Disaster recovery: Don't forget mobile

As the mobile workforce continues to grow, IT execs must remember an important new piece of their disaster recovery plans: mobile devices.

SAP had two priorities when the earthquake and tsunami hit Japan in 2011: Contact its 1,000 employees there and ascertain their needs.

Given the sheer scope of the devastation, and the subsequent nuclear crisis, the task would seem herculean. But SAP leaders quickly connected with their Japan-based workers, most of whom had mobile devices, either company-issued or their own.

The next step, says SAP executive vice president and CIO Oliver Bussmann, was getting back to work, even though the company had to temporarily close its Tokyo office. With redundant systems and its global reach, SAP was able to shift some workload out of Japan while its employees there were able to use their smartphones, tablets and laptops to access corporate assets.

"There's much more potential out there from a disaster-recovery perspective," Bussmann says, noting that SAP in the past two years has more deeply incorporated mobile devices into its disaster-recovery and business continuity plans.

CIOs like Bussmann are increasingly considering how mobile capabilities can help their companies get through catastrophes. In the 2012 AT&T Business Continuity Study, 67% of the 504 U.S.-based IT executives surveyed said that they include wireless network capabilities in their business continuity plans.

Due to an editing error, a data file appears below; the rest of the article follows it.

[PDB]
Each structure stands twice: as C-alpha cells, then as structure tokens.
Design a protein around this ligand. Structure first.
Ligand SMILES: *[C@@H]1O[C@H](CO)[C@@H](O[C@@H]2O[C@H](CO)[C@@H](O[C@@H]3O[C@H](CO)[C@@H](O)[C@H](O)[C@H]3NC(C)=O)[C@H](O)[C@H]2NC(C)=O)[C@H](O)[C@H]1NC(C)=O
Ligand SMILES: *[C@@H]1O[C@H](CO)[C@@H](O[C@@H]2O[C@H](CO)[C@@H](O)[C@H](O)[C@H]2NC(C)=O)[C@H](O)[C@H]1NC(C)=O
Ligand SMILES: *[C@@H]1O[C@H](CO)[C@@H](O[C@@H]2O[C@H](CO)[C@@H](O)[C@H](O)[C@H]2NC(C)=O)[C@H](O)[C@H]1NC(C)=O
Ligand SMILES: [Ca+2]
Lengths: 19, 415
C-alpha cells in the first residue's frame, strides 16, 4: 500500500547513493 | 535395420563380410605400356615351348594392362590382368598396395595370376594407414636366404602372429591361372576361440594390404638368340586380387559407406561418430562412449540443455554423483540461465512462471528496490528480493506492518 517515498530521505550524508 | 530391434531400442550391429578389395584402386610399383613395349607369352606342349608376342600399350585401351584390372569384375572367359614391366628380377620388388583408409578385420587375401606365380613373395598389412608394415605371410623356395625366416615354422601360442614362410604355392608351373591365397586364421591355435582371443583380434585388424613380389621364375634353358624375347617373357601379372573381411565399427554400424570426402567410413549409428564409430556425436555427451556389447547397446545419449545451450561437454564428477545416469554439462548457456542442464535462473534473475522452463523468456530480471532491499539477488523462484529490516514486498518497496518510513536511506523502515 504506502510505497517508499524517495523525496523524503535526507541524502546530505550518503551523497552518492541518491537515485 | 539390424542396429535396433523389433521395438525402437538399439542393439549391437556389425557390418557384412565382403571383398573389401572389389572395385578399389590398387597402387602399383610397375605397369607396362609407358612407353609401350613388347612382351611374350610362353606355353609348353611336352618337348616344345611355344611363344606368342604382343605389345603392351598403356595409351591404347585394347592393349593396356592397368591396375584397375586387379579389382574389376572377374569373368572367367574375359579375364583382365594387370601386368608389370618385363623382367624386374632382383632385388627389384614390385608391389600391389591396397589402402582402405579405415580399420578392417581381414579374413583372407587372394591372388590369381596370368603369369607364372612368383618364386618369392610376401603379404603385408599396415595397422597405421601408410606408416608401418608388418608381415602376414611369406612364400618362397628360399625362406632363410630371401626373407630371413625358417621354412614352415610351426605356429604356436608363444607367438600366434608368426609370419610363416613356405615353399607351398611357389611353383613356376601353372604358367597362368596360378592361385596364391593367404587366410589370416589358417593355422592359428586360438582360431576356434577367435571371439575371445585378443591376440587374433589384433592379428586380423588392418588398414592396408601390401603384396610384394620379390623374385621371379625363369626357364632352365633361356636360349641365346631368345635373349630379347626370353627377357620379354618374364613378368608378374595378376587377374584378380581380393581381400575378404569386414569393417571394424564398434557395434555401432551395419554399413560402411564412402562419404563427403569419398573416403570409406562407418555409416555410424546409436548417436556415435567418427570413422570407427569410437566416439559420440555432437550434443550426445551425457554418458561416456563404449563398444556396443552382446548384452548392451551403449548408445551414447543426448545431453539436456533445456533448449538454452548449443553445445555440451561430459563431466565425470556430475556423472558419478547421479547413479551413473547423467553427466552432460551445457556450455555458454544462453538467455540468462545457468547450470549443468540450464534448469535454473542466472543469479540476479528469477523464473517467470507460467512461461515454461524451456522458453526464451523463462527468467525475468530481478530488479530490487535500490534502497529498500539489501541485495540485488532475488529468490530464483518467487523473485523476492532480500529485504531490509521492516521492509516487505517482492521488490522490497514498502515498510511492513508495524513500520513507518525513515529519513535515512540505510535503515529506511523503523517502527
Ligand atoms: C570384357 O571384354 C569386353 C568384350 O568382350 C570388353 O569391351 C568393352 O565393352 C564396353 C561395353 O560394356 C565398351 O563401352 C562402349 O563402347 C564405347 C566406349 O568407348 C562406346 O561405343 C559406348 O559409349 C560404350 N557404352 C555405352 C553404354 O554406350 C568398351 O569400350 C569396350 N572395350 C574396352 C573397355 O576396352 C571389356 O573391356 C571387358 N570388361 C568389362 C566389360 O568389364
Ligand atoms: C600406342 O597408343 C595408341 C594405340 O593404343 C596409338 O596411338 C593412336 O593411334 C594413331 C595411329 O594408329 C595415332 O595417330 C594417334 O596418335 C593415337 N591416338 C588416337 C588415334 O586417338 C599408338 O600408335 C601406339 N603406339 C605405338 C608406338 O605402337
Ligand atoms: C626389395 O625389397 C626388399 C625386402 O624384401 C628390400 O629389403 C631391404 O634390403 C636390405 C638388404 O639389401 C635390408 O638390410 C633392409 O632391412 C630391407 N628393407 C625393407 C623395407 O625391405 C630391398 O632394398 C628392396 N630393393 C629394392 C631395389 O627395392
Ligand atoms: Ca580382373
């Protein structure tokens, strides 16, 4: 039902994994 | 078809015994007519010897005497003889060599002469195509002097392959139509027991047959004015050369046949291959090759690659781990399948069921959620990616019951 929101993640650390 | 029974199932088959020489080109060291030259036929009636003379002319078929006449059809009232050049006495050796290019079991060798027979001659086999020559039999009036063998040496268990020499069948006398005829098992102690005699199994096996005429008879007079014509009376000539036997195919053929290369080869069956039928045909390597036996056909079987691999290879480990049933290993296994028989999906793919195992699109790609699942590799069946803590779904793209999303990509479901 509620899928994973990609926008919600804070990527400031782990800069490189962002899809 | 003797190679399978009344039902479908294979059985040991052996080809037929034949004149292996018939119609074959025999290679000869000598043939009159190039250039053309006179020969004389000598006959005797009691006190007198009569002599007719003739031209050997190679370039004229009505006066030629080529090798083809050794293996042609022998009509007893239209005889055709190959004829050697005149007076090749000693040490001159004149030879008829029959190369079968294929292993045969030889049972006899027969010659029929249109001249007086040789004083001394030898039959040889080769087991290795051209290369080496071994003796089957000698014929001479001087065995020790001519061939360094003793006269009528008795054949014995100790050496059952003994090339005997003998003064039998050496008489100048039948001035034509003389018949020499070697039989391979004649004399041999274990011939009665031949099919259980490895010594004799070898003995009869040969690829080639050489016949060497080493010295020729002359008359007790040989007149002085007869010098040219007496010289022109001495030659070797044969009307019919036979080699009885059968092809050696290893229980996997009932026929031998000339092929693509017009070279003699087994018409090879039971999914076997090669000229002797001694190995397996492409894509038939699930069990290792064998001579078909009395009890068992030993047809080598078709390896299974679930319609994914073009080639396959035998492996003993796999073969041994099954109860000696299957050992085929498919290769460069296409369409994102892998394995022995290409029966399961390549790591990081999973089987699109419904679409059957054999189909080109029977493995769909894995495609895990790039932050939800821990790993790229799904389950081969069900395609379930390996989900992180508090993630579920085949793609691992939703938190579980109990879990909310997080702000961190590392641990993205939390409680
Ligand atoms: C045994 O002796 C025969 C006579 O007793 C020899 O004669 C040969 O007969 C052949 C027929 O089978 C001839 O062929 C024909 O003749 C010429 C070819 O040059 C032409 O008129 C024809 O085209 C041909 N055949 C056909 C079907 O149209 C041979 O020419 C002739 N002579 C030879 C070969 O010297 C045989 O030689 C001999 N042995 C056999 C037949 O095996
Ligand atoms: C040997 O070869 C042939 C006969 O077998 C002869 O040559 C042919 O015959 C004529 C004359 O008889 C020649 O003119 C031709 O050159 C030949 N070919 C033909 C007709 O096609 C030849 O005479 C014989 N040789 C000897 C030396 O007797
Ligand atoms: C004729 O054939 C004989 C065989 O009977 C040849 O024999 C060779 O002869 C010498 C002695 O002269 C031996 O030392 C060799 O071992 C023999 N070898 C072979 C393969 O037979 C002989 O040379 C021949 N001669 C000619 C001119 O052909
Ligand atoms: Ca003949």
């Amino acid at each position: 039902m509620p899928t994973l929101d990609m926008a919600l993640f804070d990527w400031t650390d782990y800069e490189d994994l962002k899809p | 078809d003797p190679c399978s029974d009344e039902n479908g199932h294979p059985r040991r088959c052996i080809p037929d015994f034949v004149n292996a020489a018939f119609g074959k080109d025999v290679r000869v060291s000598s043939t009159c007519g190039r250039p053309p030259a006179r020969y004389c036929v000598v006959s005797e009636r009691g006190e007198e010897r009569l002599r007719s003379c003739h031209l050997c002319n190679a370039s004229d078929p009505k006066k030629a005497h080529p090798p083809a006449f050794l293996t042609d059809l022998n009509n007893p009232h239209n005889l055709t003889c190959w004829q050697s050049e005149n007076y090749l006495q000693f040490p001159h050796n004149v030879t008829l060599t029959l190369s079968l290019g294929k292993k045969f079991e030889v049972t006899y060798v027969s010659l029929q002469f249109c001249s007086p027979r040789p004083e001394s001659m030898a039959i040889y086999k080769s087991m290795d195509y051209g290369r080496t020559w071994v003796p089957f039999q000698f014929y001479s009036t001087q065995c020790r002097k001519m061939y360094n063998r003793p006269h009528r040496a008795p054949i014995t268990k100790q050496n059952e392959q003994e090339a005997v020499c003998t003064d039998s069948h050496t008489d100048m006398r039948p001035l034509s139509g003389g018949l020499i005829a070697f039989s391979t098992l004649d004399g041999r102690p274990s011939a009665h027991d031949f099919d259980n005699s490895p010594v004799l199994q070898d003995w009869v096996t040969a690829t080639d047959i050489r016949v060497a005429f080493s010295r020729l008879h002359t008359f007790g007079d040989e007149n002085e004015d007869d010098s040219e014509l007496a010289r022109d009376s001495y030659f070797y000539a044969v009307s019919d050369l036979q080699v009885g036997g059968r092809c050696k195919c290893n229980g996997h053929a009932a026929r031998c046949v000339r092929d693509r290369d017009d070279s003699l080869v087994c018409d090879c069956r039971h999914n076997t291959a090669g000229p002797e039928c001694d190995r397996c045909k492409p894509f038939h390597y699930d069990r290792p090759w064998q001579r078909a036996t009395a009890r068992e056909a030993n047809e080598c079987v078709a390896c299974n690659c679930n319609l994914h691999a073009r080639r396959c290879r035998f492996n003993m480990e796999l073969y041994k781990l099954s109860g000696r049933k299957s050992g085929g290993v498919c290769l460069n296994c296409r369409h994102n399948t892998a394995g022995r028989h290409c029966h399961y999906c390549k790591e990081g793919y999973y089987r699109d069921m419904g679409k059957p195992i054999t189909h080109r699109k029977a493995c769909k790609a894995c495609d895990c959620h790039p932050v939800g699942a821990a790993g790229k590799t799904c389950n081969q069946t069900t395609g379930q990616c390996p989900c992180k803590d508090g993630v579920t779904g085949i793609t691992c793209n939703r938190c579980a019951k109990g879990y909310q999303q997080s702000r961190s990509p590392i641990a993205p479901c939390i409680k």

Despite that high percentage, though, the effectiveness of those plans varies widely, IT leaders and consultants say. Organizations using mobile devices for everyday tasks are more likely to have plans to use them in disasters, while those that don't are less able to rely on them in crisis situations.

However, as more people use smartphones and tablets to do their jobs, CIOs will have no choice but to figure out how to effectively fit mobile into their disaster-recovery plans. To do that, they must consider what data -- if any -- is stored on the devices, how workers access corporate systems on a regular basis as well as during a crisis, and what barriers they would encounter during any sort of incident.

That, in short, means analyzing the opportunities and challenges related to such a strategy.

"The more mobile you can make your workforce, the better off you'll be, so it's certainly a tool CIOs need to think about from a business continuity perspective," says Michael Porier, the Houston-based managing director of consulting firm Protiviti.

Companies are incorporating mobility into their emergency plans in part so they'll be able to send out blast messages via email, text and voice -- an approach that increases the odds that at least one type of message will get through, Porier says. Companies often use such blasts to check on workers who are in harm's way and to provide information on safety programs and work processes.

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